Some US “Federal Land” is maintained by the National Park Service (NPS), while other parts belong to the Forest Service (FS), Bureau of Land Management (BLM) or other agencies.  Our National Parks pass gives us free admission to National Parks, and it also works in several Forest Service properties such as Sabino Canyon National Recreation Area.

The NPS website features a state-by-state map view showing its National Parks and Monuments, and I’ve found it valuable when planning road trips.  However, the NPS site only shows the units under NPS governance.  For example, their Utah map has the relatively obscure “Timpanogos Cave National Monument” but it does not show the gigantic “Grand Staircase – Escalante National Monument” or “Bear’s Ears National Monument” which are run by the BLM.  The site could show their boundaries at least, even if it skips the fine details.

NPS map of Utah, missing two of its largest public areas.

Closer to home, I can find an online NPS trail map for Saguaro NP East and (with a little more difficulty) a Forest Service map of trails in the adjacent Coronado National Forest, but no federal agency publishes a combined map.  The only place that I’ve found featuring such a mash-up is AllTrails.  While AllTrails is convenient and works well as a phone app, it bothers me to need a third party to find this information.  Public land ought to be accessible, and the public shouldn’t have to care which agency runs it.  Our Parks pass spans all of them, why not their websites?

Today I attempted a hike that AllTrails says is possible: a loop from Saguaro’s Douglas Spring Trailhead to Ernie’s Falls (NPS), passing into Coronado National Forest (FS), and returning via a road that passes through a resort property.  I didn’t find any discussion of my intended route, which in retrospect should have been a hint.  I have previously been to the park boundary near Ernie’s Falls, and it’s clearly marked by a gated fence and a sign indicating the change in jurisdiction.  Walking from one to the other is easy; you just open the unlocked gate.  The trail continues on the other side.

Turn here and keep going past the boundary.

I like Ernie’s Falls a lot.  I’ve written a bit about the more popular Bridal Wreath Falls that is nearby.  The hike to Ernie’s is slightly longer with more elevation, and it requires a bit more scrambling to get close to the actual falls.  The reward for this additional work is a more private experience.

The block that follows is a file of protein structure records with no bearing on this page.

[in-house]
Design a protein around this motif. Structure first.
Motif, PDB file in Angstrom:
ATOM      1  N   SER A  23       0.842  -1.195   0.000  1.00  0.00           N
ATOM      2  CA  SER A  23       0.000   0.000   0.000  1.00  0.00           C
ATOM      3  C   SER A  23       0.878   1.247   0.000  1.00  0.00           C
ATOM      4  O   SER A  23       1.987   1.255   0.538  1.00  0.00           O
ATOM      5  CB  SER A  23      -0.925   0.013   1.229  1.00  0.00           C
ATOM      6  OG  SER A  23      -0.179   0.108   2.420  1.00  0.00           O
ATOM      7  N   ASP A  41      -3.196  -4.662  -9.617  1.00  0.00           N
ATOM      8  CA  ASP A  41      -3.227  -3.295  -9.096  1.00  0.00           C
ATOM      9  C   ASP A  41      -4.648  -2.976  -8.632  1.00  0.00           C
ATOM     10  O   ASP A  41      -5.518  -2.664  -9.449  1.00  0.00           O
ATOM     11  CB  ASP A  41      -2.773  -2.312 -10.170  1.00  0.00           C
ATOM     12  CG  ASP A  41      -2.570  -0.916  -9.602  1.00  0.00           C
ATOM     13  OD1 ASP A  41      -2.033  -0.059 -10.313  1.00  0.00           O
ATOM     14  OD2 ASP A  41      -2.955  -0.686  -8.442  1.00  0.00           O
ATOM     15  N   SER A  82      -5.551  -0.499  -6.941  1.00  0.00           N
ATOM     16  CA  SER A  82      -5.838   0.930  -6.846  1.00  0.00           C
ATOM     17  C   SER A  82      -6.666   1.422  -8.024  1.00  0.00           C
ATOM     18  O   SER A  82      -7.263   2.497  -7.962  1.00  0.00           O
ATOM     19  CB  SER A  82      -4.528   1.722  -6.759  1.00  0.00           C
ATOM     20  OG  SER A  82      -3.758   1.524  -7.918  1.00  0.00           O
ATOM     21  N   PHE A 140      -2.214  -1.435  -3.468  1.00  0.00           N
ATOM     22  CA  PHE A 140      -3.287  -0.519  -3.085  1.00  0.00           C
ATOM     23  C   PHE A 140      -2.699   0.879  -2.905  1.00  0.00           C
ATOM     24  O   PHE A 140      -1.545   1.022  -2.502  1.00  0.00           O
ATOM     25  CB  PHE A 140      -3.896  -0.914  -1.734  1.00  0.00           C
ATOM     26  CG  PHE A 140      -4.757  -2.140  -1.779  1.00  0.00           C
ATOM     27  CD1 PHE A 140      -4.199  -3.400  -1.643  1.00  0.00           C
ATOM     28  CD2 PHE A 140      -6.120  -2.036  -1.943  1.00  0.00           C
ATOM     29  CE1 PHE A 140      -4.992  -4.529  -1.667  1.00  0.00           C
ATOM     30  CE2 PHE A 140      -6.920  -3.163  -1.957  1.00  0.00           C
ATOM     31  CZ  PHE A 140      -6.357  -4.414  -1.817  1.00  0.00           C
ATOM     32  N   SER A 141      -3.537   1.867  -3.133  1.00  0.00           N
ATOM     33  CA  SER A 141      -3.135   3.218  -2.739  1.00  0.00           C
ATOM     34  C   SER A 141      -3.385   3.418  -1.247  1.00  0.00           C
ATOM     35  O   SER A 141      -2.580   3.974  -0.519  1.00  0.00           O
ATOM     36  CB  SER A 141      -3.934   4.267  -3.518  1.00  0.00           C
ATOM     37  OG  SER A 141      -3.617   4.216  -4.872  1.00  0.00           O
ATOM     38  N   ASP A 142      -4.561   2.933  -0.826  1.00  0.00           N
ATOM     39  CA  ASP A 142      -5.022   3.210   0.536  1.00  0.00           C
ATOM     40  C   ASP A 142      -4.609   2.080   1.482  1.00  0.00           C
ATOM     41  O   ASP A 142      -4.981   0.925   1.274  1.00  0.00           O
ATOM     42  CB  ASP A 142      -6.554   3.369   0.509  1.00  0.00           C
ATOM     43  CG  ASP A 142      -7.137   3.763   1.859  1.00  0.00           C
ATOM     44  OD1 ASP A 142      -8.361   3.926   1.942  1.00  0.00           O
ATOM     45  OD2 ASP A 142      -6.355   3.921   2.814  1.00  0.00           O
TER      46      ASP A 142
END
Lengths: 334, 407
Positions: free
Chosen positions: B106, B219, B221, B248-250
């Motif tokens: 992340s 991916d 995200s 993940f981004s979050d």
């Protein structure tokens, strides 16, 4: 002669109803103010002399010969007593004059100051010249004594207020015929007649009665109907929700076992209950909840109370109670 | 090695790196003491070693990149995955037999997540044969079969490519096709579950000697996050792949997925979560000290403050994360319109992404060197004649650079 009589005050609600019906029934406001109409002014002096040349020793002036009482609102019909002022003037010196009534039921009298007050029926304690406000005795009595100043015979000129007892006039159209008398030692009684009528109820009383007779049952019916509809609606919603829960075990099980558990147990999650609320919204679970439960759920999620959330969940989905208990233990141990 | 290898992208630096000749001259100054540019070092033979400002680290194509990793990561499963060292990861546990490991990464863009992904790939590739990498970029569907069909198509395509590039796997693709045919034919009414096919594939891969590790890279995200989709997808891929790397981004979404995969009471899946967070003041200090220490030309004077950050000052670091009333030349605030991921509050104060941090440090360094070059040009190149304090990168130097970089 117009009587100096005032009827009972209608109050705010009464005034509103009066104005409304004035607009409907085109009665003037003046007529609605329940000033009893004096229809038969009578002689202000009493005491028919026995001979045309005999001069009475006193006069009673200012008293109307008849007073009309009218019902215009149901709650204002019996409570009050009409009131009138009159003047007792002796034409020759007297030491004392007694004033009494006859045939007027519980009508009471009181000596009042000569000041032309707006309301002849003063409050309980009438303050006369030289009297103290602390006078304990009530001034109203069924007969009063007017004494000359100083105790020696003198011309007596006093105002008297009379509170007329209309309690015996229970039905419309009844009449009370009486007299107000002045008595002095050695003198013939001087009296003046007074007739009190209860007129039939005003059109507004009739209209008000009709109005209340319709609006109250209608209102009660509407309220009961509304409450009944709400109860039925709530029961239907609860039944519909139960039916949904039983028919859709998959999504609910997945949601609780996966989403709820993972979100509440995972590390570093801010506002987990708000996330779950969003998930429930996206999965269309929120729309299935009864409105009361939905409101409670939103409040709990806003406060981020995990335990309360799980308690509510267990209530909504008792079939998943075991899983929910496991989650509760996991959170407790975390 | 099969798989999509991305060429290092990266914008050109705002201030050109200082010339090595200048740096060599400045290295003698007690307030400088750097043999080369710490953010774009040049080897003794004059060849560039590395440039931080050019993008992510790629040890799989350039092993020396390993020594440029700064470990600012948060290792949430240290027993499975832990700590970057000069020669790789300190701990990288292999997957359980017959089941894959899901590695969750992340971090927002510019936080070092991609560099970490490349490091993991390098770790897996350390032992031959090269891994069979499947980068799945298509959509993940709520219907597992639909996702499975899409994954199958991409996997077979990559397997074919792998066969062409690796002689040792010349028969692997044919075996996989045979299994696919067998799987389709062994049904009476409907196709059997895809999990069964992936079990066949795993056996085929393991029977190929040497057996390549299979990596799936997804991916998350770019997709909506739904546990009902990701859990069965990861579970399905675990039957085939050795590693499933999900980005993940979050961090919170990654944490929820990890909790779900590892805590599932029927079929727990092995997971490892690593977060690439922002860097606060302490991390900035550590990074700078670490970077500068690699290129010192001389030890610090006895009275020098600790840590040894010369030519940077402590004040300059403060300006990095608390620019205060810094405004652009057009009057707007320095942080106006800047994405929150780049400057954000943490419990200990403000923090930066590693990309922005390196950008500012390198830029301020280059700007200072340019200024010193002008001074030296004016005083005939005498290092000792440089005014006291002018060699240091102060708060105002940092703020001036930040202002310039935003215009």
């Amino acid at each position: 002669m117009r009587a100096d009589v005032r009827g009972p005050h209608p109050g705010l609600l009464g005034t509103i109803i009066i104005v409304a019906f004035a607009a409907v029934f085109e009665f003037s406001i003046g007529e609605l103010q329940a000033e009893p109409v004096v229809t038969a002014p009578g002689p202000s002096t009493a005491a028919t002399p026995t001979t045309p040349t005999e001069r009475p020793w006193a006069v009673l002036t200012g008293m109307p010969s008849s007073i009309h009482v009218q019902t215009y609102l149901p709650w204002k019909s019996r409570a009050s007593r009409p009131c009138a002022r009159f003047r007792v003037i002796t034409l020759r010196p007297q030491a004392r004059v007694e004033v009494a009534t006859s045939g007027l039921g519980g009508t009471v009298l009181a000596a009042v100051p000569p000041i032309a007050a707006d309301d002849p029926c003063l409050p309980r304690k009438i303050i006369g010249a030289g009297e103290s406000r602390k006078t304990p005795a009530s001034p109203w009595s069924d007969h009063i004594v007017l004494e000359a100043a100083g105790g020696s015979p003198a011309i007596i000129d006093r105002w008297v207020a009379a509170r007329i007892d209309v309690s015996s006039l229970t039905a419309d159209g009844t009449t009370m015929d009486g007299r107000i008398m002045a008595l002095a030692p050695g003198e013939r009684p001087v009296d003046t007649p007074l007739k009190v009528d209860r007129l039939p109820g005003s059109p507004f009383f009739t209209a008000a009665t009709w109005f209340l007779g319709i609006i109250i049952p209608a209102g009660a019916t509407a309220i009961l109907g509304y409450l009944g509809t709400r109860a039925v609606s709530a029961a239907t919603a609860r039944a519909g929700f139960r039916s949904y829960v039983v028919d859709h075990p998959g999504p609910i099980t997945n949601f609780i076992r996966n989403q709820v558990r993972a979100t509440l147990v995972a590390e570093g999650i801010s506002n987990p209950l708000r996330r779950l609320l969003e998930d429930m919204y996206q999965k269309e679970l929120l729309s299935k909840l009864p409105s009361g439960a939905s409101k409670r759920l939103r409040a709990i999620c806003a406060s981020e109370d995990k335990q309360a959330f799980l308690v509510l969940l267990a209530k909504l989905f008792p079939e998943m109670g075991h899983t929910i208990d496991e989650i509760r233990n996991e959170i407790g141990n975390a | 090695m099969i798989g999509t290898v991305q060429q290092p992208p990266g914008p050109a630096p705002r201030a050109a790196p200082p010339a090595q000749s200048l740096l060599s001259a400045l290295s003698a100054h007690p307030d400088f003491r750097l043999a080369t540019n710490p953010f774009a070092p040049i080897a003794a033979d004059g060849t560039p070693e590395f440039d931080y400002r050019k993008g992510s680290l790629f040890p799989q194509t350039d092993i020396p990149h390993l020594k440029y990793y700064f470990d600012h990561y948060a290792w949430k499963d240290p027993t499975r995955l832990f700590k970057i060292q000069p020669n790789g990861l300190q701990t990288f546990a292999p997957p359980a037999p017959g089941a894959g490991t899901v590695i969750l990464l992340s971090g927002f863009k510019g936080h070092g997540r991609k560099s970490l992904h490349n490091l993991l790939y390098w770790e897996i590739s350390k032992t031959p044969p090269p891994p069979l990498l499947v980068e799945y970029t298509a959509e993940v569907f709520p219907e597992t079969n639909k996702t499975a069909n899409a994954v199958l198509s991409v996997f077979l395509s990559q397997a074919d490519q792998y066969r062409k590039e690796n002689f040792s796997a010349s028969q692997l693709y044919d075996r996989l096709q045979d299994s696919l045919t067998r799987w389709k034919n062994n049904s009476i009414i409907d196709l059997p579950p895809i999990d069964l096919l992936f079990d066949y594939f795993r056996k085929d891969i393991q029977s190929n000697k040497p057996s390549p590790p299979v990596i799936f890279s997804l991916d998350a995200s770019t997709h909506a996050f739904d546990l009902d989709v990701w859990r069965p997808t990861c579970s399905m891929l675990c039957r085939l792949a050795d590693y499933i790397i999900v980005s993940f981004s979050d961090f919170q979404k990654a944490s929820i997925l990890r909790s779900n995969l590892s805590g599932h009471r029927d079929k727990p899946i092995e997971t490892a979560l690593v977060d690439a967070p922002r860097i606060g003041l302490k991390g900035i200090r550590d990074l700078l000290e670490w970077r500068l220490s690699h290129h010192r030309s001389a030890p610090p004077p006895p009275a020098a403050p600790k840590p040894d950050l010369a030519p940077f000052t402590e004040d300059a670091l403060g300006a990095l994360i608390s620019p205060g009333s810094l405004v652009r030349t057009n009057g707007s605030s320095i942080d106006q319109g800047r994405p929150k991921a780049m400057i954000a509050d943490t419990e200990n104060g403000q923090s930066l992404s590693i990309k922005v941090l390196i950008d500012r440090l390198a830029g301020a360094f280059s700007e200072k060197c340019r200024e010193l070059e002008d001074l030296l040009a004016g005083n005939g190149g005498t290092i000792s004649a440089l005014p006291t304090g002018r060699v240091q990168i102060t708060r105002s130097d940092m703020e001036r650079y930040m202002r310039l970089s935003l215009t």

Ernie’s Falls, seen from the easy part of the trail. Getting closer is more of an adventure.

For those of you interested in visiting Ernie’s, continue to the boundary, pass through the gate, cross a stream (may be difficult after a rain), and work your way to the right, back up the canyon and back into Saguaro NP. There is also an unofficial social trail off of main trail on the Saguaro side that shortcuts this approach. It’s pretty steep, and I prefer to use it only in the “up” direction.

Gate at the Park / Forest border. The horse party on the other side came from the nearby resort.

I walked into the National Forest without any trouble. The trail was easy to follow, and the orientation of the nearby mountains made it easy to see what direction should return me to my car. I also had the advantage of horseshoe prints (and um, other horse “evidence”) to guide me if my other skills failed. It was a pretty hike, and a bit more solitary than the National Park. I expected it would let me out on a road, but instead I ended up on the resort property where a very polite employee informed me that I was trespassing. Fortunately he pointed me to the road instead of making me go back several miles the way I came.

The resort was beautiful, with extensive grounds made effectively much larger by backing up on the National Forest. It bothers me slightly that they have effectively annexed this public land, and made it harder for non-guests to get to it.

There is plenty of available hiking in Saguaro National Park, and some in this part of Coronado Forest that I can do without going through the resort. The resort route just makes a nice complete loop instead of forcing an “out and back” hike. If you don’t happen to live here, you probably won’t exhaust the good dayhike routes. Well, I do live here…